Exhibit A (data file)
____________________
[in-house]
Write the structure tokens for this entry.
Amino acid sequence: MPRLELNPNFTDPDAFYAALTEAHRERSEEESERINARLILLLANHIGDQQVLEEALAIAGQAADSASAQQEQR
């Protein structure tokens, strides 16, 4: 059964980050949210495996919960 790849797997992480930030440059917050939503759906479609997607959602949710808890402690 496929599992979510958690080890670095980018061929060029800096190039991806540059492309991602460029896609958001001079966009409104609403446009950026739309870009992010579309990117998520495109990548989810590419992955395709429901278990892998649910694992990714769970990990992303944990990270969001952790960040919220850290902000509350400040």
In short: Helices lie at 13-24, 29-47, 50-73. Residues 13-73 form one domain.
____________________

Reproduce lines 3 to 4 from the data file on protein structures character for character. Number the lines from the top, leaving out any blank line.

Amino acid sequence: MPRLELNPNFTDPDAFYAALTEAHRERSEEESERINARLILLLANHIGDQQVLEEALAIAGQAADSASAQQEQR
């Protein structure tokens, strides 16, 4: 059964980050949210495996919960 790849797997992480930030440059917050939503759906479609997607959602949710808890402690 496929599992979510958690080890670095980018061929060029800096190039991806540059492309991602460029896609958001001079966009409104609403446009950026739309870009992010579309990117998520495109990548989810590419992955395709429901278990892998649910694992990714769970990990992303944990990270969001952790960040919220850290902000509350400040």